- Last Updated on Sunday, 18 October 2009 00:15
- Published on Sunday, 18 October 2009 00:15
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The bad news is nine cases of H1N1, commonly known as the swine flu have been confirmed in the Elementary School and one case in the High School, according to Colonial Beach Superintendent Donna Power.
Is there any good news? Yes, as a matter of fact, there is lots of good news.
At a recent meeting of the Town Council, Power joked that the young elementary students are having fun coughing into their elbows. Children around town can be seen observing such simple preventative measures while many adults still fail to do so. And rightfully they should since the virus is hitting kids and teens harder than adults.
Routine measures at the schools have continued as usual. Staff members are sanitizing the schools daily, using disinfectant and wiping down all surfaces that kids and teachers touch.
- Last Updated on Wednesday, 14 October 2009 18:42
- Published on Wednesday, 14 October 2009 18:42
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Members of Council admitted to learning new facts about their town and welcomed Superintendant Donna Power to continue the new tradition of allowing students to make presentations to the council at regular meetings. Some of the facts presented included:
The Bell House was built in 1883 and was added to the list of historical places in 1987. It was also home to Alexander Graham Bell. On March 10, 1876 Alexander Graham Bell made the first telegraph. He spent many summers here in what we call the Bell House.
- Last Updated on Wednesday, 16 September 2009 05:00
- Published on Wednesday, 16 September 2009 05:00
- Hits: 969
Despite a lower than normal showing of artists, the Colonial Beach Arts and Craft show was a great success and Mother Nature provided nice weather.
This year’s Judged Art Show drew 40 artists and crafters came from all over the country. Judges were Susan Elliott and Olga Farneth. All items must be hand-crafted by the crafter. Original or prints from the originals are required by the artists. No resale or commercial items are allowed in the end of summer show.
Artists and craftsman as well as the public had a great time.
Youngster “Jessie James” Williams tried out one of Donnie Rexrodes’ wooden guns by “shooting” his parents, Crystal and Marty. Rexrode makes wooden toys and furniture in his home in Waynesboro.
- Last Updated on Wednesday, 09 September 2009 17:06
- Published on Wednesday, 09 September 2009 17:06
- Hits: 469
Town Manager Val Foulds reported to the Economic Committee last week that she was approached by Josh Gemerek, Senior Vice President of Housing for Bay Aging. Bay Aging is interested in purchasing the town-owned property on the Point that is now being leased by the Lions Club for $10 a year.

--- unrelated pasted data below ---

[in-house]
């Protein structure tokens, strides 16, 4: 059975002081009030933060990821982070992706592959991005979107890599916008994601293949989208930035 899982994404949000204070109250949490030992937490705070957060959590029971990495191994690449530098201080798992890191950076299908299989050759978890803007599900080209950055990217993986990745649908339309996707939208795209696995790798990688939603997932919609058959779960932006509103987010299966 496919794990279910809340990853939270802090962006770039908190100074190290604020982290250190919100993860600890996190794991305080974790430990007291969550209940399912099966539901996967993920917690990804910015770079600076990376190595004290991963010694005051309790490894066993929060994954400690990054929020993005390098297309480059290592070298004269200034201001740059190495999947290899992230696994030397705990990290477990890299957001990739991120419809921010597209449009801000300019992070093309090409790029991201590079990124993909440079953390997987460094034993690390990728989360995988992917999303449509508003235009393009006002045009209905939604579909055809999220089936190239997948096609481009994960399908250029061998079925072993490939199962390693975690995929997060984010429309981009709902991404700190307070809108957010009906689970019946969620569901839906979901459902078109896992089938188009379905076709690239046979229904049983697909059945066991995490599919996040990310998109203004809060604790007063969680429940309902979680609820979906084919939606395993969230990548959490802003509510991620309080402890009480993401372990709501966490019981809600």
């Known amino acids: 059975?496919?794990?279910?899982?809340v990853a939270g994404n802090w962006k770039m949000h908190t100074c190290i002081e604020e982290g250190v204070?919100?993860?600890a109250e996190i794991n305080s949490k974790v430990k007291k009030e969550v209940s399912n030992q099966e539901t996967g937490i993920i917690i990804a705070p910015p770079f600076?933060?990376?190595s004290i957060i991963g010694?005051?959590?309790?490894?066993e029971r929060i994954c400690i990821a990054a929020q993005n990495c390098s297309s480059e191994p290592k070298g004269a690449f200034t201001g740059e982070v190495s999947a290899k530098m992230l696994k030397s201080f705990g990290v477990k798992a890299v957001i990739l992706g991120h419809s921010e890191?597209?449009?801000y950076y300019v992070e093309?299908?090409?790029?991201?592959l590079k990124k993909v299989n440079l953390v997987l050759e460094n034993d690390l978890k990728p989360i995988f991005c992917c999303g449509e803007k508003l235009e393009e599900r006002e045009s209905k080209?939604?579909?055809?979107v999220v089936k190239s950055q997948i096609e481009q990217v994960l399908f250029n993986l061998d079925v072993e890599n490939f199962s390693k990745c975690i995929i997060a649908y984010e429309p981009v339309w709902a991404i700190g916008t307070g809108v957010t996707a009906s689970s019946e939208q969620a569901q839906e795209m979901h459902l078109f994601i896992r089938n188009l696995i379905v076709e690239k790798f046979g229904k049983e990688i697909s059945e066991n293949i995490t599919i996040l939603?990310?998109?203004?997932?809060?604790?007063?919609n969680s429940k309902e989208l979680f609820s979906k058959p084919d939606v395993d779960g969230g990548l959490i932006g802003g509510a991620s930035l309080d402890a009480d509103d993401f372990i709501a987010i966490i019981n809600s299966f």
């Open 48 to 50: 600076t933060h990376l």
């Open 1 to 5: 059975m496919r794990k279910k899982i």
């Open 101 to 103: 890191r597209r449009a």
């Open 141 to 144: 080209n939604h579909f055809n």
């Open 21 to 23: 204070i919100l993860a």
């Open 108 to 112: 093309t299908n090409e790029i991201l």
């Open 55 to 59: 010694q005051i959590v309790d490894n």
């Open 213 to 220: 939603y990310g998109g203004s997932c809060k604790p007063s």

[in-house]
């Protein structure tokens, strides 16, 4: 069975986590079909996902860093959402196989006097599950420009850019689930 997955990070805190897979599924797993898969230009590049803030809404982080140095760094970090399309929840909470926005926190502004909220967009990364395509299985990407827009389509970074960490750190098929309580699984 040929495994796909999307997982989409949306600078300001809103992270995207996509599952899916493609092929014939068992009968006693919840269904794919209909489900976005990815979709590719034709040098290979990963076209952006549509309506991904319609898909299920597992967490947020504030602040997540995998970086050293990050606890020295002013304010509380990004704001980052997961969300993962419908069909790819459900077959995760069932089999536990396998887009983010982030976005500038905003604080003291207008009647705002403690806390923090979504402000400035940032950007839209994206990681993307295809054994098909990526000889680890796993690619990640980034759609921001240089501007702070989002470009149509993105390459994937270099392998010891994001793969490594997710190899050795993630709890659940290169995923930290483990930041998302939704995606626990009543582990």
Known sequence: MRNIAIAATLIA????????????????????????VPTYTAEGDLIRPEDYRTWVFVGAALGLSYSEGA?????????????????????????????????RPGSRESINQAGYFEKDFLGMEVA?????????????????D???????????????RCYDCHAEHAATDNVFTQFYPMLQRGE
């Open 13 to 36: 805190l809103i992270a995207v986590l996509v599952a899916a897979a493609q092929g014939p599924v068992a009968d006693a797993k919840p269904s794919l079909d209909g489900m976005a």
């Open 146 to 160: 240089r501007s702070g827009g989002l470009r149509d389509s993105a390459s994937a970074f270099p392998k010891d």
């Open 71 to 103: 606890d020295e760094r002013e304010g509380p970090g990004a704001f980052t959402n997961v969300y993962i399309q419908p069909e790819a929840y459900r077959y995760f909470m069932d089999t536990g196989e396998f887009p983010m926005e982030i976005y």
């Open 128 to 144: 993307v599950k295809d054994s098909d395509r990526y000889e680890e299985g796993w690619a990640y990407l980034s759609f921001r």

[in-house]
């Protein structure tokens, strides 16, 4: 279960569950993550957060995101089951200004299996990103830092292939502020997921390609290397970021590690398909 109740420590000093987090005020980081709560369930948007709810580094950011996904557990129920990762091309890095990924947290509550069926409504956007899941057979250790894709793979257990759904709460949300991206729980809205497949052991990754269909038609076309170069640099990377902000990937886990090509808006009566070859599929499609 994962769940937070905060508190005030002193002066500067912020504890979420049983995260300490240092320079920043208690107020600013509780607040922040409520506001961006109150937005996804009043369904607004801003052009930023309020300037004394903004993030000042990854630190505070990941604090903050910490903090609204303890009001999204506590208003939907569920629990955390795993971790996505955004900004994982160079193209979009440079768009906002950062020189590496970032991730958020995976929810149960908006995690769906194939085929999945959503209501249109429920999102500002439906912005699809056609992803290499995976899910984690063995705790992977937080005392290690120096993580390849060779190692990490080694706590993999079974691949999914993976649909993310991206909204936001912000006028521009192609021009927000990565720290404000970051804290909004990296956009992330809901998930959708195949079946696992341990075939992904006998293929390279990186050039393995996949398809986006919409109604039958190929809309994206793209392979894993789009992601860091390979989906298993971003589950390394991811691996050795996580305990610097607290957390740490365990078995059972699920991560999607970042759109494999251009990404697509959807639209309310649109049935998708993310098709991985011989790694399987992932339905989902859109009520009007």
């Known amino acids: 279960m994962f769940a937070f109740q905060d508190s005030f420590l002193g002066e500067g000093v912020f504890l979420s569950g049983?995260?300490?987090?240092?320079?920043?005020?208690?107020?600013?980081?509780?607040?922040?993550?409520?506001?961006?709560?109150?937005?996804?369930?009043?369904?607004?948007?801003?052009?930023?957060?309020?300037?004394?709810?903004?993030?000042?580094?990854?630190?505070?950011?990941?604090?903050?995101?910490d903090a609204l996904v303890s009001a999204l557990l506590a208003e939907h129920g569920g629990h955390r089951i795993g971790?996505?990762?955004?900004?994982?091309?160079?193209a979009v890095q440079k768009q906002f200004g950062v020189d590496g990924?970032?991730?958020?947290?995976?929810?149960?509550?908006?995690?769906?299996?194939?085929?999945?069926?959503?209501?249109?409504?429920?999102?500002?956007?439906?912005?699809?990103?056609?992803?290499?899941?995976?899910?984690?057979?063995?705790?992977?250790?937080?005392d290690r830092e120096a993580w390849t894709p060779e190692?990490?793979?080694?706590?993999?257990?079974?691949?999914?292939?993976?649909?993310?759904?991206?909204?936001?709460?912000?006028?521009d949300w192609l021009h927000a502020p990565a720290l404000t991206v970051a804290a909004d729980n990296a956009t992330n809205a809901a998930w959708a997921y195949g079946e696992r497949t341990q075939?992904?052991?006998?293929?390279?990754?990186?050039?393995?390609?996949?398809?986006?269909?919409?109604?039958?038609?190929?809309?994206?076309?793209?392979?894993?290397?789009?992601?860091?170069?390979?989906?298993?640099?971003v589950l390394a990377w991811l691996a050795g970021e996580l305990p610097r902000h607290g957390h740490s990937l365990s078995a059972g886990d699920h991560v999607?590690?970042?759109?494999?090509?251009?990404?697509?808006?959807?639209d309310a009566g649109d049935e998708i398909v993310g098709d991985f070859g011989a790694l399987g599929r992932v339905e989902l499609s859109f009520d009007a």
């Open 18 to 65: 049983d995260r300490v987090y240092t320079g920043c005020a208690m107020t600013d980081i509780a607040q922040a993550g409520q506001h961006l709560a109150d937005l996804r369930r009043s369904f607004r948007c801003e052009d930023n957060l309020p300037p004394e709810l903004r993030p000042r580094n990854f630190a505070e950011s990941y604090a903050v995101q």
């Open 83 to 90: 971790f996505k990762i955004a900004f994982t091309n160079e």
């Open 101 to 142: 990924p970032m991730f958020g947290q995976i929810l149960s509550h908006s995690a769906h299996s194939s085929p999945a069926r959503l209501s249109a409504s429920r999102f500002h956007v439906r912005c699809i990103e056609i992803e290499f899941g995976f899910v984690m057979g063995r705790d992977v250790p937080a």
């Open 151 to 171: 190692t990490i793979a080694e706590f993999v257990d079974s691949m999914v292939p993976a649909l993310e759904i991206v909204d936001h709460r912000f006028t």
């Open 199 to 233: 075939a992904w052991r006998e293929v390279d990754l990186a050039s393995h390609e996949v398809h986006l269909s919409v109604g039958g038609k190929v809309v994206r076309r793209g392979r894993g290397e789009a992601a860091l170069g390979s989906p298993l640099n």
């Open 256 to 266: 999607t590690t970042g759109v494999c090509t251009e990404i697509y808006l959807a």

Bay Aging wishes to set up retirement apartments on the property. The apartments would be similar to those in the Meadows on Route 205 and would only be rented to senior citizens. Since the project would involve HUD, it would not be allowed to change and would remain a senior living facility for 30 years.
Councilman Stephen Kennedy admitted during the meeting that activities have dwindled in the last few years at the Lions Club and the members felt that if the property were sold, they could find an alternative site for club meetings.
Foulds said she will work with Gary Mitchell, director of Building and Zoning, to explore zoning changes. She is currently waiting for a property appraisal and should be ready to present the issue to the council by the end of the month.
Vice Mayor Trish King feels that the sale of this property would benefit the town and start generating revenue in property taxes. But being a not for profit company it was unclear to the committee members if property taxes would apply.
- Last Updated on Wednesday, 02 September 2009 05:00
- Published on Wednesday, 02 September 2009 05:00
- Hits: 677
Editor: Note: This story reflects the concerns expressed at the Public Safety Committee meeting last week. While press reports about the meeting have been negative so far, the committee is still in the process of attempting to deal with a problem presented to it earlier this summer.
Colonial Beach is currently struggling with issues of overcrowding on the Point. Visitors with poor etiquette have caused town officials to take drastic measures to ensure the surrounding property owners their right to peaceful and quite living.
Recently, the town responded to overcrowding issues at Castlewood Park. Residents complained of too much trash left behind and visitors camping overnight. Since the public bathroom facilities are closed during the evening, some overnight visitors have taken to using the beach as their restroom.
When Town officials closed the park to assess damage and try to address the problem, several safety hazards were uncovered. Fences had been broken, unsanitary trash had been strewn by buzzards and rats, and dead tree limbs overhead were discovered.
Officials are working to reopen the park, but in the midst of all the new restrictions, new problems have arisen and the park dwellers have moved to the beaches surrounding the park.